Loss leaders draw blood both ways
Reductions in reimbursement driven by such initiatives as competitive bidding are likely to turn "loss leaders" into real losers as suppliers seek redress in the new business climate, according to a recent HME NewsPoll.
Suppliers intend to discard select low-margin product lines, as well as low-margin patients; seek additional, more profitable product lines; alter vendor relations; cut employees and revisit the financial wisdom of adding on costly initiatives such as accreditation.
The knee-jerk reaction to compromised product lines is widespread and simple: drop product lines.
"We are going to have to drop hundreds of items out of inventory, which means customers will have to now wait while we special order them and have to pay a higher price to cover the freight cost," said David Chestnut, owner of Pennyrile Home Medical in Cadiz, Ky.
Wound care items, medical supplies and folding walkers that must be delivered are examples of non-starters, even as loss leaders in the age of competitive bidding. At Iowa Home Health Care in Des Moines, Iowa, they've been carrying these items mainly as a convenience, but inconvenience (for patients) is now on the horizon.
"We have recognized for quite some time that these items (at best) are a break even venture," said Greg Molloh, the company's HME operations manager. "Recent legislative action regarding cuts and competitive bidding have now placed that program in doubt. It is likely that we eliminate supplying (and billing) these items."
It's the same deal for high-service patients -- for example, ambulatory oxygen patients. For some suppliers, $36 per month to provide portable oxygen just doesn't wash.
"We made the decision to only take night-time oxygen patients over two years ago and we have not been sorry," said Helen Kent, owner of Progressive Medical in Carlsbad, Calif. "We give those patients to one of our 'friendly' competitors while they give us their PAP patients. Now that's using your noggin."
But dumping product lines, no matter how unprofitable, is a double-edged sword for all HMEs.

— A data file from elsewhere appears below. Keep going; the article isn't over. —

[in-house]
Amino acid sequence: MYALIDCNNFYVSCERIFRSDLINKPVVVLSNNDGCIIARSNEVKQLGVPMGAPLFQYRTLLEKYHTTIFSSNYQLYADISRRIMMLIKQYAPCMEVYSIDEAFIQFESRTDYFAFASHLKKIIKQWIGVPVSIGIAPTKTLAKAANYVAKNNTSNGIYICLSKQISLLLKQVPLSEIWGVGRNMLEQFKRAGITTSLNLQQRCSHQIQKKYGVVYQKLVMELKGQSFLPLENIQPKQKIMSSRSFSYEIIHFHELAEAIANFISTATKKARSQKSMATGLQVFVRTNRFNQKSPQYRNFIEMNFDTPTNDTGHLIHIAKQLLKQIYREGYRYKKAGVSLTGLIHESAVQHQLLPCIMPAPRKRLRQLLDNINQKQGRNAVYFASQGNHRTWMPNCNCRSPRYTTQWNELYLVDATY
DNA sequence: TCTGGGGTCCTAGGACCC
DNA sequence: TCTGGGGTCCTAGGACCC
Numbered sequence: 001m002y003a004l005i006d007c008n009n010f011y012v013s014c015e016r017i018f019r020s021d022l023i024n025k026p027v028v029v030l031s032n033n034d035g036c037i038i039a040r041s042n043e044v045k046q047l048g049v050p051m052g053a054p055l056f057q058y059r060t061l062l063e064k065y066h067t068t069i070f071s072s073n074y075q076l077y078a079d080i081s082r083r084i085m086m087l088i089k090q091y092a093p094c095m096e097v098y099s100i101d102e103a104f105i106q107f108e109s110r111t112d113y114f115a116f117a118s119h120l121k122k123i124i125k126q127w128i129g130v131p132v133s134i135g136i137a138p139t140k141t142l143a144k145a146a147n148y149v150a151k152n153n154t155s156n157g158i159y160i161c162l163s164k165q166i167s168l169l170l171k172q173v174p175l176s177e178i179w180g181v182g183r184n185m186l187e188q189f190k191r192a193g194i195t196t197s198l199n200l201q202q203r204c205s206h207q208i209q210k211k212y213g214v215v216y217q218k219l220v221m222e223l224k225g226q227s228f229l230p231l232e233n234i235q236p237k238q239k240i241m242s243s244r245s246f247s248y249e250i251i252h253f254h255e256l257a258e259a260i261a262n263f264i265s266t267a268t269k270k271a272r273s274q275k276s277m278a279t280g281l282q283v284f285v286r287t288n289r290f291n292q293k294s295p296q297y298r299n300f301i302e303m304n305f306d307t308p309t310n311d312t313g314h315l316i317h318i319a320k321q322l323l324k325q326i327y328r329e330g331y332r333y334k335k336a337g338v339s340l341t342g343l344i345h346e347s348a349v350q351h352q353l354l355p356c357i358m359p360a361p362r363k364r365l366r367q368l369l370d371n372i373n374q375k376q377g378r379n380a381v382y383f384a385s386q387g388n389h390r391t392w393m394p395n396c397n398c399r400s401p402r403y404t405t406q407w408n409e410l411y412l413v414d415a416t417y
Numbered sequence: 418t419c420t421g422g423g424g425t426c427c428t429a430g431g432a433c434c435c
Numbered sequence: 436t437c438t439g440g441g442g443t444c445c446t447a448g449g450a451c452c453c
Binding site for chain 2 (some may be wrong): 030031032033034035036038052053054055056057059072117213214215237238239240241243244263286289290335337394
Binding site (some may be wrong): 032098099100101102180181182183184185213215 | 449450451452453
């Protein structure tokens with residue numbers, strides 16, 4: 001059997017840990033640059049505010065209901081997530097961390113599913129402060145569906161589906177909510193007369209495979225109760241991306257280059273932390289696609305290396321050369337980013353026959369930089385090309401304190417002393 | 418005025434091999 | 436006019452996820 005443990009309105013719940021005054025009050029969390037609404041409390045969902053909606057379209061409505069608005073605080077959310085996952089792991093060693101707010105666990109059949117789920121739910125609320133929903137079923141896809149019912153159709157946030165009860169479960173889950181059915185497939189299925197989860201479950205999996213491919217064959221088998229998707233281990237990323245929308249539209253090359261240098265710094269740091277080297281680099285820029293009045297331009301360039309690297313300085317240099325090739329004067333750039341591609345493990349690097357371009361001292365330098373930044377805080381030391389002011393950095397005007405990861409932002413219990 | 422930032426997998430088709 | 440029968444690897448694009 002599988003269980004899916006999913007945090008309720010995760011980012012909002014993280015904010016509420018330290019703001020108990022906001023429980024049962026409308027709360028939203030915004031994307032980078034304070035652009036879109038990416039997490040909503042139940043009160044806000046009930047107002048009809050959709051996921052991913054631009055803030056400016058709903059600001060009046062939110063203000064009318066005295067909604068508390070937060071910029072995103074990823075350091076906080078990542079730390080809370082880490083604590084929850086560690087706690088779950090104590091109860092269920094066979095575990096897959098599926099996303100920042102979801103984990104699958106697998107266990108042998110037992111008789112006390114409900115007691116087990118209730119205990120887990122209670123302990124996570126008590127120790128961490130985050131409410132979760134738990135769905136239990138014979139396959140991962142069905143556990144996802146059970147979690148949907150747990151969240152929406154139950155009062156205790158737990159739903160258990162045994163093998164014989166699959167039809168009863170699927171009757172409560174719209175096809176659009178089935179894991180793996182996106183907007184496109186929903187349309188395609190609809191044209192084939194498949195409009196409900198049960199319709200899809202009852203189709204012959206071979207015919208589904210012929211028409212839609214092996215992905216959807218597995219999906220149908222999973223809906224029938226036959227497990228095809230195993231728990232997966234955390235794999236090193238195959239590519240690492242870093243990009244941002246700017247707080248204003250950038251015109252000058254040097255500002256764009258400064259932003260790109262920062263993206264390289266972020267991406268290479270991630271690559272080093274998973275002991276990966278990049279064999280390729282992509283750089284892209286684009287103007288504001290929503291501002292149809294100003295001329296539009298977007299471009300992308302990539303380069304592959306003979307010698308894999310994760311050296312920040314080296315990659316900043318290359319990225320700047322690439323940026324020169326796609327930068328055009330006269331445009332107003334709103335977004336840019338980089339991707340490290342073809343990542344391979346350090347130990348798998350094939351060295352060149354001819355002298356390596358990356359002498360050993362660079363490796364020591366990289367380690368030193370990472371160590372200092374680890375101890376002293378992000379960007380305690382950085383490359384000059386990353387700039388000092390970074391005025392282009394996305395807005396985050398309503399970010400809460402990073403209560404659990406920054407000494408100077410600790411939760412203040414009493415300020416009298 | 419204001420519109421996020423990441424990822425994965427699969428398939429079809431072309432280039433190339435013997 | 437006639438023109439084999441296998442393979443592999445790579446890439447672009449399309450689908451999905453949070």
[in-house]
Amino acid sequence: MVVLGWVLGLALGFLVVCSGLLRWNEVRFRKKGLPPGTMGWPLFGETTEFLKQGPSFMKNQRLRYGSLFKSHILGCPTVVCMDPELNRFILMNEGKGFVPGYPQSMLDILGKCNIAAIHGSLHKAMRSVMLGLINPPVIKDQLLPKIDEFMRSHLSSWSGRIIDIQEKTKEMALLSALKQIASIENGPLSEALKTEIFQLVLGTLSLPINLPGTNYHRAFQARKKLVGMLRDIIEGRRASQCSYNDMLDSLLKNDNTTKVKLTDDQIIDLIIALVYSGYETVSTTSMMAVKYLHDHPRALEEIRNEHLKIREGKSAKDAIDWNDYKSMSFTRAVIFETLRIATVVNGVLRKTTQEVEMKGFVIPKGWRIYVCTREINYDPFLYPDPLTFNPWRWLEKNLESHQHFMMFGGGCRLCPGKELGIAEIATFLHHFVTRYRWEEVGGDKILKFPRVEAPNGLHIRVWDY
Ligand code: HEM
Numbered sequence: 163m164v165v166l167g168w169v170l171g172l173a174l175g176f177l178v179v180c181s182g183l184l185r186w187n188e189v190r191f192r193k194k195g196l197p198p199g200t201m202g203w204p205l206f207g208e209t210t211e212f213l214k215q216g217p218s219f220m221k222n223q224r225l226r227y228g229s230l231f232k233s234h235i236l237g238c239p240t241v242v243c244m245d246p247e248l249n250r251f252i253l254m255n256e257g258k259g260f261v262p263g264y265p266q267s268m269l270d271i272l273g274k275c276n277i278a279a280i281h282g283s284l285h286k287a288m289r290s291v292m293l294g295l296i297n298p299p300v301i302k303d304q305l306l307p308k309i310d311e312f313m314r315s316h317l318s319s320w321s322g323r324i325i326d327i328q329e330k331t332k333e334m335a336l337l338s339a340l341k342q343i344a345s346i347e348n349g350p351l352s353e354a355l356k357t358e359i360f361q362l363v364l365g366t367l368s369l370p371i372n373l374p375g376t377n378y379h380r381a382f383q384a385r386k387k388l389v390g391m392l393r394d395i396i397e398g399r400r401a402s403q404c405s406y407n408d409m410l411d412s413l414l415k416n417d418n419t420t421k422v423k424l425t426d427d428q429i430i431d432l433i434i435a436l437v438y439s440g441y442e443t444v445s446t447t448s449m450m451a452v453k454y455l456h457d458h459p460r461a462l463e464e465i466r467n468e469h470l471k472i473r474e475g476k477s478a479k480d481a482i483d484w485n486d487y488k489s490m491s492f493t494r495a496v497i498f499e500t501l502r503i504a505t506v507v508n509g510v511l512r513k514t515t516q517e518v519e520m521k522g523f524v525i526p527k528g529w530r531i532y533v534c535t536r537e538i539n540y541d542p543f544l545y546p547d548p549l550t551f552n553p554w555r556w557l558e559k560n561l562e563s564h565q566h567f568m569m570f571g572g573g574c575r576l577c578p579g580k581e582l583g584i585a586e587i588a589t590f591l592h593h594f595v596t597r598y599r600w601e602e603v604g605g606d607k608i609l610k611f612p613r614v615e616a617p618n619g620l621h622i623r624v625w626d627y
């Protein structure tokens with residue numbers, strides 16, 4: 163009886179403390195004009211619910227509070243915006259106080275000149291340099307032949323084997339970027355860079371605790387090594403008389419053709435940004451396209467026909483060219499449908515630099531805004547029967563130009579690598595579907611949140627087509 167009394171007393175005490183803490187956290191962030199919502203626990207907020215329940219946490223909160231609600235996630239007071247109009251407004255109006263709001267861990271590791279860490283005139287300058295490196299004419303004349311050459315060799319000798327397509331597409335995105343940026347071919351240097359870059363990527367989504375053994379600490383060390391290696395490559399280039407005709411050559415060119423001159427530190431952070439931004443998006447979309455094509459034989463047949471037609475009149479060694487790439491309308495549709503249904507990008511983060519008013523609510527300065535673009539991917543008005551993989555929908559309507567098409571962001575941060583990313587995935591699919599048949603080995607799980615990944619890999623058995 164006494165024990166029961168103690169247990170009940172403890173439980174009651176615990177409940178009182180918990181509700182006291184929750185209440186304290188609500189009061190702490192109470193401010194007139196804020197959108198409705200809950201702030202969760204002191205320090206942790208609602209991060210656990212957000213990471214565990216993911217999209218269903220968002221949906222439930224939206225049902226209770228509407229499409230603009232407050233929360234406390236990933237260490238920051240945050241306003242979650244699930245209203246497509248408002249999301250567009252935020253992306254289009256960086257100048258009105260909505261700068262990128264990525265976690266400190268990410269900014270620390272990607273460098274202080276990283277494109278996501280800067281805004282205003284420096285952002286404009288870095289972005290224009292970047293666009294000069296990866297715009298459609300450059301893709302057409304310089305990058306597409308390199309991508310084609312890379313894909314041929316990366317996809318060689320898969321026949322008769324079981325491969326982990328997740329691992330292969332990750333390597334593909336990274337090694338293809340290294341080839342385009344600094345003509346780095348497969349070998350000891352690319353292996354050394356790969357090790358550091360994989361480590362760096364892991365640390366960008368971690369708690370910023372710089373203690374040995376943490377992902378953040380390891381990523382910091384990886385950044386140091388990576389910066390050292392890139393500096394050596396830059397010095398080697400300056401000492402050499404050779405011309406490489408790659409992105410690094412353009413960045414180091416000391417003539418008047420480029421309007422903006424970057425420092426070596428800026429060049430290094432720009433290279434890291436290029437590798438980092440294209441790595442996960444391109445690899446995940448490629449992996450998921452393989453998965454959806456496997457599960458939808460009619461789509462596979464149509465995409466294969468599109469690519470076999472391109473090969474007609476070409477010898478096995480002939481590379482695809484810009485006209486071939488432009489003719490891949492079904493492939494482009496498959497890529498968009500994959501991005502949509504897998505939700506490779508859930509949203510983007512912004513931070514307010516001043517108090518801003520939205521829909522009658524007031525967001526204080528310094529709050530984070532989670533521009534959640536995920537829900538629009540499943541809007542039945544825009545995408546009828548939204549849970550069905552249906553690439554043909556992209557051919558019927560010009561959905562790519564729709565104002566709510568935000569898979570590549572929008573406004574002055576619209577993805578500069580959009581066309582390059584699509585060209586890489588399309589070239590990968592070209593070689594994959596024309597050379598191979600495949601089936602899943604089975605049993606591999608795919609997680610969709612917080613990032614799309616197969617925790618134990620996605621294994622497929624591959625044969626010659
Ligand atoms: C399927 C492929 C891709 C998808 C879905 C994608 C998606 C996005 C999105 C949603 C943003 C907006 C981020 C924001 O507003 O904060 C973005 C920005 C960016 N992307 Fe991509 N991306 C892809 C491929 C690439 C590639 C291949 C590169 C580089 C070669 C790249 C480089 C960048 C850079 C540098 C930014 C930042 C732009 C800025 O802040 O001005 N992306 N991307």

"If I'm unable to fulfill too many of the requests from referral sources because I simply don't carry something, I will lose that referral source quickly," said Diane Mason, DME operations manager at Providence Medical Equipment in Waco, Texas. "I do draw the line at items where I clearly lose money, but I feel the need to 'suck it up' on certain items that have only break-even or small profitability."
Likewise the sentiment at Oxymed Homecare in Trenton, N.J.: "No referring physician or case manager likes to hear, 'We do not carry this item,'" said Imran Ahmed, the company's compliance officer. "If providers know what is good for them, they will avoid having to utter these dreaded words."
One alternative to dropping product lines is drop-shipping. At Oxymed, they avoid inventorying costly losers, like TENS units, by offering them to Internet shoppers who can use the company's site to order through a local distributor.
Previously, Marie Clark, the owner of Chattanooga Mobility Center in Tennessee, selected her loss leaders based on brand preference. Now she's calling the shots if the vendor's freight policy is attractive.
"I must use vendors whose freight policies are affordable and whose products are at least decent," she said. "I hurt for my customers!"
In Jackson, Tenn., David Scott of AlphaMed has responded to diminished returns on his loss leaders by "investing more time and money" in the search for new, more profitable products. In Norway, Maine, the office manager at Ketner Pharmacy, T. Sperdakos, let go a full-time office assistant in response to crummy reimbursement.
"Now we are not sure if paying the accreditation company is really worth it," said Sperdakos.